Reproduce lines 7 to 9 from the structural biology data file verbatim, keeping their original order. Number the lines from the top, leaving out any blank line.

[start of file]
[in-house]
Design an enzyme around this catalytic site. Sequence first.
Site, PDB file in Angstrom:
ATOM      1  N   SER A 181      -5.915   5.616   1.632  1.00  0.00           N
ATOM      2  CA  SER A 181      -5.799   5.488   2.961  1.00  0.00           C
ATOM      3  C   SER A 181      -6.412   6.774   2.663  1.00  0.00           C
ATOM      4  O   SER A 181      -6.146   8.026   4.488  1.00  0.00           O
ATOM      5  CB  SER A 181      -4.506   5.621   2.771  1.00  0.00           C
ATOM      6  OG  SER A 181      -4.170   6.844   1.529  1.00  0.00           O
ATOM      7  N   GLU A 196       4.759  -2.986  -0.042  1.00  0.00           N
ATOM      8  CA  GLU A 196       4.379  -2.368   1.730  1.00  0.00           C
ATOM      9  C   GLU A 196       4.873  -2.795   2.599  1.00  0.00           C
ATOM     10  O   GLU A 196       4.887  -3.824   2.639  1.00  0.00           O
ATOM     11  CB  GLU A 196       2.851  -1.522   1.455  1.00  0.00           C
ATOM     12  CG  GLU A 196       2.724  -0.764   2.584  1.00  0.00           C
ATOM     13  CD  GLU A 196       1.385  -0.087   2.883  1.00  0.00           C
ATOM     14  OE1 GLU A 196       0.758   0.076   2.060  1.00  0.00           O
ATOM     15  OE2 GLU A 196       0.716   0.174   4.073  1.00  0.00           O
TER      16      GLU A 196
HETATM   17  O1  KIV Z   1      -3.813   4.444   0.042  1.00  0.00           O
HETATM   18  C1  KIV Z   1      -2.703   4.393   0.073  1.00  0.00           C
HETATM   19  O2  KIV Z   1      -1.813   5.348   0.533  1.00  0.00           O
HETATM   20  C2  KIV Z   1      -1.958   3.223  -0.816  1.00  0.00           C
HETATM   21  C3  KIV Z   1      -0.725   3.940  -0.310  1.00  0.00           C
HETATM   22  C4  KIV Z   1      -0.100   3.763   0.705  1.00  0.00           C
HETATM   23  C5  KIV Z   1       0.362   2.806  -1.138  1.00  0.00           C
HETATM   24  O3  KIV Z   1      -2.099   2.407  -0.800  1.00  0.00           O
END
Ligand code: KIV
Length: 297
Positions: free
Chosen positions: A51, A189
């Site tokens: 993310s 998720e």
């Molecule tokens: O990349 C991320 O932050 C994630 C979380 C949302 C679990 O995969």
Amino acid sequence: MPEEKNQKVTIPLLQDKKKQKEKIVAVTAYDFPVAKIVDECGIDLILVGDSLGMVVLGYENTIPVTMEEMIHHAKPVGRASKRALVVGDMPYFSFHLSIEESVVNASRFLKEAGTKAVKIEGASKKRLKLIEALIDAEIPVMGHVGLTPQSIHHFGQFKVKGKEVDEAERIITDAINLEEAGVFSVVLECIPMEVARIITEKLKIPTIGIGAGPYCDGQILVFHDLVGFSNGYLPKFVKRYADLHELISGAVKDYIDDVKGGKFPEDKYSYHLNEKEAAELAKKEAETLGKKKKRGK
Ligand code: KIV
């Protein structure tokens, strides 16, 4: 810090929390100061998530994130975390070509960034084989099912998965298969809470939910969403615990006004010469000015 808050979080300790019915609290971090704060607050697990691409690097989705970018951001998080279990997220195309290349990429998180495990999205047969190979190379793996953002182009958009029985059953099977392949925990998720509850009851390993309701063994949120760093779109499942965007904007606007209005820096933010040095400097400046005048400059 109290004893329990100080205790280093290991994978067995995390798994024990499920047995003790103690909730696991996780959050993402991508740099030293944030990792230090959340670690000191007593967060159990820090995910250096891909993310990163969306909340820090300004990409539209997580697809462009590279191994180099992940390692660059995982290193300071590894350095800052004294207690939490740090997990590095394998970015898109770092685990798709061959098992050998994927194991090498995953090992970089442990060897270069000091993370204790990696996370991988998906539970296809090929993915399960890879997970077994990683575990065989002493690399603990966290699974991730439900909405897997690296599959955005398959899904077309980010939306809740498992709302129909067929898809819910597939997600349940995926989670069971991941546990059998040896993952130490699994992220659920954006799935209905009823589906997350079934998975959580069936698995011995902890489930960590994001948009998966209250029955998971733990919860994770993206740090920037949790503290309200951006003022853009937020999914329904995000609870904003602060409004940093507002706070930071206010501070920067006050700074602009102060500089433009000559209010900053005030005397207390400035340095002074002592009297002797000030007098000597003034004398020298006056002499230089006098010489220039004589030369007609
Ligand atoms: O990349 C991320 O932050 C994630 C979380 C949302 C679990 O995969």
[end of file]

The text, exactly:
ATOM      4  O   SER A 181      -6.146   8.026   4.488  1.00  0.00           O
ATOM      5  CB  SER A 181      -4.506   5.621   2.771  1.00  0.00           C
ATOM      6  OG  SER A 181      -4.170   6.844   1.529  1.00  0.00           O